Myanmar’s ousted leader Aung San Suu Kyi went on trial Monday on charges that many observers say are an attempt by the junta that deposed her to eliminate her as a political force, erase the country’s democratic gains, and cement the military’s power. Suu Kyi's prosecution poses yet another major setback for Myanmar, which had been making slow progress toward democracy when a February coup prevented elected lawmakers from her National League for Democracy party from taking office following last year's landslide victory. Human Rights Watch said that the allegations being heard in a special court in the capital, Naypyitaw, are "bogus and politically motivated"
with the intention of nullifying the victory and preventing Suu Kyi from running for office again. What you need to know, per the AP
- "This trial is clearly the opening salvo in an overall strategy to neuter Suu Kyi and the National League for Democracy party as a force that can challenge military rule in the future," said Phil Robertson, the organization's deputy Asia director.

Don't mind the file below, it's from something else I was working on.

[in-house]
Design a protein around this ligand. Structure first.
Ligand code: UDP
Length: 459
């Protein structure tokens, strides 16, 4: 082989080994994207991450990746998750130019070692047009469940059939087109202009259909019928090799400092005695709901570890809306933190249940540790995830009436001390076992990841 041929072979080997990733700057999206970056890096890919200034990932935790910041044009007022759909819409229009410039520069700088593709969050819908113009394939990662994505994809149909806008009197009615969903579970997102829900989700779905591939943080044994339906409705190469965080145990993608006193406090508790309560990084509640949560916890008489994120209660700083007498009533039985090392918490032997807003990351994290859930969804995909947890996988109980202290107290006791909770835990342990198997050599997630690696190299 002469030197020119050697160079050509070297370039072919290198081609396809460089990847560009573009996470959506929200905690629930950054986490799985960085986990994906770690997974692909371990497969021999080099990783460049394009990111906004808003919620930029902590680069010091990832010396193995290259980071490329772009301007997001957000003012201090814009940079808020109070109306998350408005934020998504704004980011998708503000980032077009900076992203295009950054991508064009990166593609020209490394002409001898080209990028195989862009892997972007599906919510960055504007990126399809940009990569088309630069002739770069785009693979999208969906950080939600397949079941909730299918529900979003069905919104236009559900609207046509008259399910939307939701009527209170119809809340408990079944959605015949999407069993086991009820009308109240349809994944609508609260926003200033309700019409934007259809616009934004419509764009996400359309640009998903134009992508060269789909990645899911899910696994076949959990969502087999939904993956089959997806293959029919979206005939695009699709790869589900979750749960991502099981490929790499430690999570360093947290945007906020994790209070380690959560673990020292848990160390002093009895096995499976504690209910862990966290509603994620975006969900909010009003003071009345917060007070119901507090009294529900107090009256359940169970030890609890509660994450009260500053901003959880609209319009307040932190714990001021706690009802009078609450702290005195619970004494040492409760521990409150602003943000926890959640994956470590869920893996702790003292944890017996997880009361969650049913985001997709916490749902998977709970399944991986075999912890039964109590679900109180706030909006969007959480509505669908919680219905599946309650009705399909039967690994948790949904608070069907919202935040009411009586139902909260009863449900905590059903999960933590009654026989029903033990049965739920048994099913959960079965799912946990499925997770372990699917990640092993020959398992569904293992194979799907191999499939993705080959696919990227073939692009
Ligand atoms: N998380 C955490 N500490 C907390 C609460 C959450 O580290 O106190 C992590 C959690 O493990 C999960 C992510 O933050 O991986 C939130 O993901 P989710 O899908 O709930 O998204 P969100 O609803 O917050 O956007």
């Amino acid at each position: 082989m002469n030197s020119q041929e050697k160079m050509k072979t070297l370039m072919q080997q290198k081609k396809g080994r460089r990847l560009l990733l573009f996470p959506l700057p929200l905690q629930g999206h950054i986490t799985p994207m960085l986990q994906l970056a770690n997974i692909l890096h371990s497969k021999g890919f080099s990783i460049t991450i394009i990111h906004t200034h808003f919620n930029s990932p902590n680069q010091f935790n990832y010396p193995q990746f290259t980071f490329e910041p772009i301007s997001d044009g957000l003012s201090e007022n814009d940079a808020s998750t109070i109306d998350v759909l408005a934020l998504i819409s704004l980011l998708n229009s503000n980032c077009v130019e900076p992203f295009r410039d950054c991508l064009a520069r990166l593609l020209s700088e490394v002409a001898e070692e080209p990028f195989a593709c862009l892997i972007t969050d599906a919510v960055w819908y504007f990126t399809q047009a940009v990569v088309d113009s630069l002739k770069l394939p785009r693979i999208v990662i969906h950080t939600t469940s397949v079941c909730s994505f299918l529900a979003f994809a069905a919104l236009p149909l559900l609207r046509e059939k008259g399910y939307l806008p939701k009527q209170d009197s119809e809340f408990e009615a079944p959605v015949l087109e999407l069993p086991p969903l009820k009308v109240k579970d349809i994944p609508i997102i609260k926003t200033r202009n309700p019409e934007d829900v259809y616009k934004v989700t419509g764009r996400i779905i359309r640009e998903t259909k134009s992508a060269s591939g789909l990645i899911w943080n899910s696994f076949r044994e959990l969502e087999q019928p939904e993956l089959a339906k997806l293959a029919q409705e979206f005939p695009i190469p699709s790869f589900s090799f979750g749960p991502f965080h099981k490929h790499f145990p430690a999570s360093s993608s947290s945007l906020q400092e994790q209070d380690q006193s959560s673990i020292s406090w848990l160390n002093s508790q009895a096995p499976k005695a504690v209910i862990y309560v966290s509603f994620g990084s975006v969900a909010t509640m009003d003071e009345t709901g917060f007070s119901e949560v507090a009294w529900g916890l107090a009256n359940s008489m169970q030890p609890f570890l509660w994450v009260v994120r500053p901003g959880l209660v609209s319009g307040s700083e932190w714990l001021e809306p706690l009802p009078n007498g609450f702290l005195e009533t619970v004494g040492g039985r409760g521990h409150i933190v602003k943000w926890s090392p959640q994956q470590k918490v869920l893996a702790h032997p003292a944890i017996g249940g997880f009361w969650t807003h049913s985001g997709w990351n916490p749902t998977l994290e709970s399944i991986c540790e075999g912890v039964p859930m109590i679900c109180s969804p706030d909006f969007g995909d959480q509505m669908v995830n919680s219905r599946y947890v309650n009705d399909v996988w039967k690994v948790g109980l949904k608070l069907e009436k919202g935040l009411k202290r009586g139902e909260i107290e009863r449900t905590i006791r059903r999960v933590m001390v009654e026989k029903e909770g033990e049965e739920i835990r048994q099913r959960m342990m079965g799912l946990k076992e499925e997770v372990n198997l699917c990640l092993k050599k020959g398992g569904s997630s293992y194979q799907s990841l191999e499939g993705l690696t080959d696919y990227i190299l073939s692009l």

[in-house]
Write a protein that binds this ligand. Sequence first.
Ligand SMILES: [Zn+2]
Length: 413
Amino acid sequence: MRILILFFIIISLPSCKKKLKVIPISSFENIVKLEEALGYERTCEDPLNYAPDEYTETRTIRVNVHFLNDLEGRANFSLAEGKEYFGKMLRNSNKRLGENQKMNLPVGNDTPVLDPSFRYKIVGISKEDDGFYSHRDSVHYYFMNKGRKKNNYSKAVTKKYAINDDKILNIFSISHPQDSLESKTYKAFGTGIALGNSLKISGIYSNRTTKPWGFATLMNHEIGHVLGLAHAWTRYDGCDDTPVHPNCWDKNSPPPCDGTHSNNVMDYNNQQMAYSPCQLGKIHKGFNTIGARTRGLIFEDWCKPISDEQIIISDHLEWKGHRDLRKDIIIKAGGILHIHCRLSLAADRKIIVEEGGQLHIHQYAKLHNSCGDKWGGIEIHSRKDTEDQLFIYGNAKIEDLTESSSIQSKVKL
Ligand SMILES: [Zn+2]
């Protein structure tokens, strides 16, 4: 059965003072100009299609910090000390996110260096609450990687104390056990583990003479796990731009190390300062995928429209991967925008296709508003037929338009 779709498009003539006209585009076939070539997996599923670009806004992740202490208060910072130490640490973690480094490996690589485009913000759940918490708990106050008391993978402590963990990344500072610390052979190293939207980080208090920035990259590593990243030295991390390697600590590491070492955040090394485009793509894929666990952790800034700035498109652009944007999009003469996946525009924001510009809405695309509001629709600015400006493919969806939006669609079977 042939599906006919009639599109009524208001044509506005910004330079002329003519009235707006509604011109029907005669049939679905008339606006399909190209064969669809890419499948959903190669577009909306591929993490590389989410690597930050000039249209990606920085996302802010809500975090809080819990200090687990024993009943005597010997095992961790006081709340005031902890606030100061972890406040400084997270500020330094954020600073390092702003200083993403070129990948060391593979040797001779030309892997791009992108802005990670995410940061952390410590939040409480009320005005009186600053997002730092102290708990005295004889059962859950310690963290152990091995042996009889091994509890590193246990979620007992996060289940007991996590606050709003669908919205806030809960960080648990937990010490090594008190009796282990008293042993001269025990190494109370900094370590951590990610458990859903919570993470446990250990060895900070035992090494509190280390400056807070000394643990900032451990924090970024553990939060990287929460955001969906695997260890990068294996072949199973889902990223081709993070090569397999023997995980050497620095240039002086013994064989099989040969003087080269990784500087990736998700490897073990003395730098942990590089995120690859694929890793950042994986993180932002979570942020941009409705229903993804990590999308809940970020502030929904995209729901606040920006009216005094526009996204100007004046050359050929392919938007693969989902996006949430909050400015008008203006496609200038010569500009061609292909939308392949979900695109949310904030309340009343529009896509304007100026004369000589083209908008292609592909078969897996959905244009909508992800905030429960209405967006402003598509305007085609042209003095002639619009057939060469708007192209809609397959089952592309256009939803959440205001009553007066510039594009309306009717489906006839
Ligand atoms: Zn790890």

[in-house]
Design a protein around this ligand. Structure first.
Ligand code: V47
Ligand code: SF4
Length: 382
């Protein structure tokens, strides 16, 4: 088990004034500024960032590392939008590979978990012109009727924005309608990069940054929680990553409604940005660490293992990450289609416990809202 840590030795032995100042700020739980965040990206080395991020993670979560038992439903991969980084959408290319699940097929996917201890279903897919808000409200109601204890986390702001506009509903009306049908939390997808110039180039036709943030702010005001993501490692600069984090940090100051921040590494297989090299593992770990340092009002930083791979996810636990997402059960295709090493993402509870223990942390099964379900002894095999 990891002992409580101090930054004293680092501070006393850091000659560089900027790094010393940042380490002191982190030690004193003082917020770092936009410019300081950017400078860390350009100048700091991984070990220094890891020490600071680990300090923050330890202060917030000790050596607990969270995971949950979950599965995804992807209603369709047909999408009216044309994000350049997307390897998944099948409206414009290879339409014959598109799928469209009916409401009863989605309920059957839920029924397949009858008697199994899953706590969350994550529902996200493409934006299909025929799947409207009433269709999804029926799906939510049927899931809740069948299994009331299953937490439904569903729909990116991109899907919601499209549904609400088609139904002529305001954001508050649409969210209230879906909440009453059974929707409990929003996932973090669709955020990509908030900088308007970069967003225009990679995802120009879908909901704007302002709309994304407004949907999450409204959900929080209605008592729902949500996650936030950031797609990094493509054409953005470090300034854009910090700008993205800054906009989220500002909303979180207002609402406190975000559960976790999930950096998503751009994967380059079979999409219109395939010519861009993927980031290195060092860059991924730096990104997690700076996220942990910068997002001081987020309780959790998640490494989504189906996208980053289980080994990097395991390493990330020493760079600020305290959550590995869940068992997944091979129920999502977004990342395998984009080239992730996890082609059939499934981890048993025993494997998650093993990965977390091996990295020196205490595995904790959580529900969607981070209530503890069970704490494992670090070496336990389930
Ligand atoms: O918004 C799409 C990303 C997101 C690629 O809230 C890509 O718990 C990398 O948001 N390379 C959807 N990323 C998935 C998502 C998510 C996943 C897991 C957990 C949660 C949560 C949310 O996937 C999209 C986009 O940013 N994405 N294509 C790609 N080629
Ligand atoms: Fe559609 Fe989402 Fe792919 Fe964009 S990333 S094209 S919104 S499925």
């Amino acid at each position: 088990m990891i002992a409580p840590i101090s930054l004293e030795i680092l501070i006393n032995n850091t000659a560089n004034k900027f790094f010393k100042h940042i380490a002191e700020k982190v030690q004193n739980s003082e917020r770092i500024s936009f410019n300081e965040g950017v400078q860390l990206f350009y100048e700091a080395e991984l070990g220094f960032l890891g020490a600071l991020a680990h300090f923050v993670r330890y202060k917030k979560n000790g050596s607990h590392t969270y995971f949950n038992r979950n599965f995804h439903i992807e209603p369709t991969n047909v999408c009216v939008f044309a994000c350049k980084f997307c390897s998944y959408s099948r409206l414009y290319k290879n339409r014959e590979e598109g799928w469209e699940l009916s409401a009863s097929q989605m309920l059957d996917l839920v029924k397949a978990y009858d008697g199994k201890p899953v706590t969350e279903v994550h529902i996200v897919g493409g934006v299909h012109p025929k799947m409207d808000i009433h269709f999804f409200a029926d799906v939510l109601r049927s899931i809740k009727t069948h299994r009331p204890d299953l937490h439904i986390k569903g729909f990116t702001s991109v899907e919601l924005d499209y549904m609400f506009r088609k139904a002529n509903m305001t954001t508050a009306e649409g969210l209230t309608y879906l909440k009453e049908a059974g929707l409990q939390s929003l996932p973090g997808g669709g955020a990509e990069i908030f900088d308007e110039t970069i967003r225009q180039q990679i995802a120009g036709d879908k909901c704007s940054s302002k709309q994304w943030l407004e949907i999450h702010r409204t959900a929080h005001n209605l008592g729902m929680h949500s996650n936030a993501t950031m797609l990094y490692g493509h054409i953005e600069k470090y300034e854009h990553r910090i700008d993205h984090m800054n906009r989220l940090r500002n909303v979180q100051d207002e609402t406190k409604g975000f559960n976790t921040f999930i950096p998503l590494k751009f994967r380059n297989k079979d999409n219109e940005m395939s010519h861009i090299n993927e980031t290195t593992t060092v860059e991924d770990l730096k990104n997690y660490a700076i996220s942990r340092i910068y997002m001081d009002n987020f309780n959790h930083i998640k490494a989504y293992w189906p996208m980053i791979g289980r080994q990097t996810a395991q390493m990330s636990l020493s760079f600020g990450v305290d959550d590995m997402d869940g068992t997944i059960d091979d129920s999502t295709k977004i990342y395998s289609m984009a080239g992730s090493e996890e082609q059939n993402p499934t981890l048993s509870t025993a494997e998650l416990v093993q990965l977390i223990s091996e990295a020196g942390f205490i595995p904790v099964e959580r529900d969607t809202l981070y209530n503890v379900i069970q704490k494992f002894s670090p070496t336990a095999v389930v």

- The army seized power on Feb. 1 before the new lawmakers could be seated, and arrested Suu Kyi, who held the post of special counsellor, along with President Win Myint and other members of her government and ruling party.
- The Southeast Asian country went seemingly overnight from an emerging democracy to the international pariah it had been for decades while under military rule.
- The army justified its coup by alleging the government failed to properly investigate accusations of voting irregularities. Since then it has said it has found evidence of fraud—an assertion contested by the independent Asian Network for Free Elections and many others.
- Junta officials have threatened to dissolve the National League for Democracy and any conviction for Suu Kyi could see her barred from politics.
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